It's been a little more than a year since my tests, yet I think about them during all of my meals. Anytime I experience radiating pains throughout my body, or the digestive issues return, I fear that my condition is ultimately going to be the thing that kills me. While it's negative to think that way, it also helps me keep perspective and not assume that I'm healthy and resilient merely because I'm young.

ALSO: What Your Farts Say About Your Health

Stomach issues in particular are more common among young folks than many realize. Purna Kashyap, who researches gastrointestinal issues at the Mayo Clinic in Rochester, Minn., told ATTN: over the phone that the majority of his patients are young people in their 20s, 30s, and 40s.

"When we do colonoscopies for younger people, that is when they're actually having GI issues," he said. "It's not [always] necessarily that people are looking for cancer, because I think people may relate colonoscopies with cancer, and that's why the younger people feel like, 'Why am I getting a colonoscopy?'"

Last year, George Chang of the MD Anderson Cancer Center led a study that found an increase in the number of young people with colon cancer.

“Particularly in people between ages 20 and 34, we estimate a doubling in incidence rate of colorectal cancer,” Chang told NBC News, adding that he decided to conduct the study after working with many young patients with colon cancer. "My impression is that we have been seeing more young people today than we saw a decade ago. We did our study using population data to confirm if what we were seeing in our own hospital was true for the country as a whole.”

Studying 393,000 patients with colon cancer between 1975 and 2010, the researchers found a decrease in the number of colon cancer cases as a whole, likely thanks to colonoscopy screenings. But rates of colon cancer spiked nearly 2 percent among people aged 20 to 34 over the same time period. This may seem like a small percentage now, but the trend could signal a massive jump in colon cancer rates among this age group as the years progress, the researchers warned. “We’re talking small numbers, but they’re important numbers when we talk about them possibly increasing over time,” Chang said.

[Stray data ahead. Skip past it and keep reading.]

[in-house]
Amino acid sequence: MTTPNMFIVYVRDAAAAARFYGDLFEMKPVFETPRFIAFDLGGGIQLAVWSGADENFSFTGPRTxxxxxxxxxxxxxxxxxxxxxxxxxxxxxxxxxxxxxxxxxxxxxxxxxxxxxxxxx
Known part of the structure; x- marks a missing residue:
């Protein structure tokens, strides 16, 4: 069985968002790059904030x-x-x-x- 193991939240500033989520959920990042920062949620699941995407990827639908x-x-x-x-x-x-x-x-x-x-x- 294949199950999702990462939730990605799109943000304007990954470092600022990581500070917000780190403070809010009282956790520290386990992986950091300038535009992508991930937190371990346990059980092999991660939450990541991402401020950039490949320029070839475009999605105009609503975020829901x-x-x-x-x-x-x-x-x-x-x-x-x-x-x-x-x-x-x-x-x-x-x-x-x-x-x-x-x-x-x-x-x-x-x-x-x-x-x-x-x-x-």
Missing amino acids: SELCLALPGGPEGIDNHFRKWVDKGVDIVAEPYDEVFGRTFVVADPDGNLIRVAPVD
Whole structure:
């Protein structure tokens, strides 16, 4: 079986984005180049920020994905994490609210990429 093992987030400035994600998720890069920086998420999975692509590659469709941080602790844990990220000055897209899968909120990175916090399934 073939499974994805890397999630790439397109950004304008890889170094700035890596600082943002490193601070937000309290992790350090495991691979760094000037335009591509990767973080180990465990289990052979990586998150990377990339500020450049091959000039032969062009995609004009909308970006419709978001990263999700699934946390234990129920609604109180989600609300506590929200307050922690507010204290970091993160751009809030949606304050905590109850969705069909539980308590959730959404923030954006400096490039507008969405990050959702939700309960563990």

Why young people don't talk about their GI issues.

It's unsurprising that many people keep their GI issues to themselves: It's a taboo subject in our culture. Kashyap agreed that this could prevent young people from asking for help and dealing with their health problems.

"I'm not saying people should make this a normal dinnertime conversation, but if they have symptoms, they should be comfortable enough to talk to friends, colleagues, parents, siblings, whoever is willing to listen," he said. "I think people get discouraged because the other person may discount it, because there is this notion or concept that it's all in your head, and people need to get over that. It's not always in your head. When somebody is having symptoms, those are real, and they need to be looked [at]."